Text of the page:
August 2011 - Welcome Dinner for Palestinian and Israeli Students Hosted at St. George
On July 13th we hosted a dinner to welcome Palestinian and Israeli students who are participating in a special eight week summer program at Babson College. The program ‘Bridging the Cultural Divide through Entrepreneurship’ brings university students from the two communities together in an effort to, as the proposal states, “help transform zones of conflict into places where communities can regain security and hope for the future.” As a recognized leader in business education and entrepreneurship, Babson College has developed this unique program to recognize and encourage the common entrepreneurial traits that both Palestinians and Israelis share. The forty two students, almost equally comprised of Israelis’ and Palestinians’, will live, study and work together learning not only about business and entrepreneurship but also experiencing each other’s culture, point of view and aspirations.
According to its mission statement, the Babson College program will “teach, from both theoretical and experiential approaches, how to create a business venture from concept through sustainability or dissolution, thereby strengthening the role of the private sector to create jobs and promote economic development within the region.” It is envisioned that the experience of designing joint ventures and the personal relationships created this summer will continue when the participants return to Israel and the West Bank.
The participating students share high expectations for the success of the program and welcome the opportunity to work together in developing sustaining relationships. One of the students, Dana, expresses a shared hope when she states that she “believes that peace comes from inside not outside and this program is an amazing opportunity to be able to learn about the differences between cultures.” Dana hopes to be able to “create positive change in society through business.”
Another student, Stav, hopes to be involved in “an Israeli-Palestinian business cooperation in order to achieve a better life for both sides.” All of the students welcome this unique cross-cultural opportunity and look forward to taking away, as one of the students, Abdallah, states “more about how innovation can really change society, and work to create a better world.”
As a community whose origins are in the Near East and whose membership includes several Palestinian families, St. George sees this program as a promising ‘bridge-building’ experience and welcomed the opportunity to host a dinner for the participants. A traditional ‘middle eastern’ meal was served and several members of the parish and local Arab American community joined the students and their program directors to support and encourage the success of this innovative Babson College initiative. The students were already three weeks into the session.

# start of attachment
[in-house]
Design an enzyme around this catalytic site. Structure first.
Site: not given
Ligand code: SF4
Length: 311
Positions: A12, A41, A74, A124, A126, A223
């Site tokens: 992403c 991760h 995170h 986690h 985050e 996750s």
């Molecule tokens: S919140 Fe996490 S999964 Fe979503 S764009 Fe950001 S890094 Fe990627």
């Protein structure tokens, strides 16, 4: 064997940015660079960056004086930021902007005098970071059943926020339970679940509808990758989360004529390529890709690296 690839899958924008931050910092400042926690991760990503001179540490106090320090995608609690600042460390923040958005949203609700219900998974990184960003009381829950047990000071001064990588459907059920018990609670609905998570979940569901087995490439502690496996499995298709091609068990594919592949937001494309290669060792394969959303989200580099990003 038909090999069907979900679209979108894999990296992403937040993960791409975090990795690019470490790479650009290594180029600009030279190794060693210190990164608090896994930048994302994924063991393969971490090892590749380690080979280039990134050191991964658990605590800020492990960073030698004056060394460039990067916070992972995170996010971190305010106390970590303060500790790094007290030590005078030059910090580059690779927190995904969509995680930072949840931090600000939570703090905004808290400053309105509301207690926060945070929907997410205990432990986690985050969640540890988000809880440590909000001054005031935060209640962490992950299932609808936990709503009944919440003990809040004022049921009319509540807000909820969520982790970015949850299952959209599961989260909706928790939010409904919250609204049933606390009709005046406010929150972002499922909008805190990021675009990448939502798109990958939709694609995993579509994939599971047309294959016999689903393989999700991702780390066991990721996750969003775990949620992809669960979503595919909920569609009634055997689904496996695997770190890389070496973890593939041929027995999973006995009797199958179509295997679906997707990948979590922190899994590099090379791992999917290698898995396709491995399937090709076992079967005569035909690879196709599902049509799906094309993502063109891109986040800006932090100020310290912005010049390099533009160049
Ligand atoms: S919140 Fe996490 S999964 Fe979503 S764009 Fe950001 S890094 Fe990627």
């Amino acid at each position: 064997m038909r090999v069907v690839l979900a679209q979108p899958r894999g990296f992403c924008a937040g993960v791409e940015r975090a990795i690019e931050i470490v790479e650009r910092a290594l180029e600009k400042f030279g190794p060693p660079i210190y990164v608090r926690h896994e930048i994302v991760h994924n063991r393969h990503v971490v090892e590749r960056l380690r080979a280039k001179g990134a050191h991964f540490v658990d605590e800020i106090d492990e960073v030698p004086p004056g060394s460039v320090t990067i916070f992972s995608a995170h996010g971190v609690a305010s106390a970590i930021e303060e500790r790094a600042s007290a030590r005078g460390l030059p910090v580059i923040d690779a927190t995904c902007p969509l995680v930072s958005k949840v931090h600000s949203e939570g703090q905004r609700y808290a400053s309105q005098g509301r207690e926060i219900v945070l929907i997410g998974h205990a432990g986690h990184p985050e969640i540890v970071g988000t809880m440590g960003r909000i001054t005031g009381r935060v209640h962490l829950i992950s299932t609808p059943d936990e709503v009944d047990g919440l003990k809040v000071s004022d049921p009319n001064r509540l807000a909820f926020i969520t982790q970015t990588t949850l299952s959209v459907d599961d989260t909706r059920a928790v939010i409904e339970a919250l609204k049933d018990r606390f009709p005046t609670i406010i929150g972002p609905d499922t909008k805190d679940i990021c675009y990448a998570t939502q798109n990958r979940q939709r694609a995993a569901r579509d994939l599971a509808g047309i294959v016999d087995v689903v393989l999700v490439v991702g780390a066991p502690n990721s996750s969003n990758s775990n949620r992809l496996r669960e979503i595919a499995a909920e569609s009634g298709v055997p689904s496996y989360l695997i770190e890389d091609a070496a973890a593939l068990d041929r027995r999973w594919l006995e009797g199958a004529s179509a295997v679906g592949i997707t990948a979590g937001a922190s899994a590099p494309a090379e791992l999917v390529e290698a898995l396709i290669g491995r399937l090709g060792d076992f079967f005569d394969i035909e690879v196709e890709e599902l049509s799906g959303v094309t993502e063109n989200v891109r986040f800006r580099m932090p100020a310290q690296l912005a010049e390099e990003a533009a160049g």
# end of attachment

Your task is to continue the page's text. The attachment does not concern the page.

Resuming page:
Over dinner with an Israeli Arab Muslim boy, two Israeli Arab Orthodox Christian girls, a Jewish girl from one of the settlements and a Jewish boy from a remote farming village, I witnessed firsthand the fruits of the program. These students met each other for the first time here in Boston and admitted that they could never conceive of studying, living or eating together if it were not for this program. I was impressed as they communicated frankly with one another out of their own narrative and how they sought some common ground to build a relationship. I believe they exhibit great hope for a future of their own making.
The church was open and lit across the courtyard and most of the students found it inviting and stopped in. One of the Muslim girls commented on the icons of the prophets in the dome and recognized several of these sainted figures. A Jewish boy standing beside her shared a verse from Isaiah that they both spoke about. Another Jewish boy was struck with the icon of the Mother of God behind the altar. “More spacious than the heavens”, what does that mean? While referencing the Christian belief that the Creator became a creature, Gai looked up and said, “Of course, I get it, the one who holds the entire universe is suddenly contained in the womb of the Holy Mother, that’s a beautiful thought”. He looked around the church, studying every image and impression. “This is a very warm and welcoming place, Father, and I’m sure the members of your community are just as warm, thank you”.
The next day, the director of the program commented that the visit to St. George was the highlight of the students’ experience so far.
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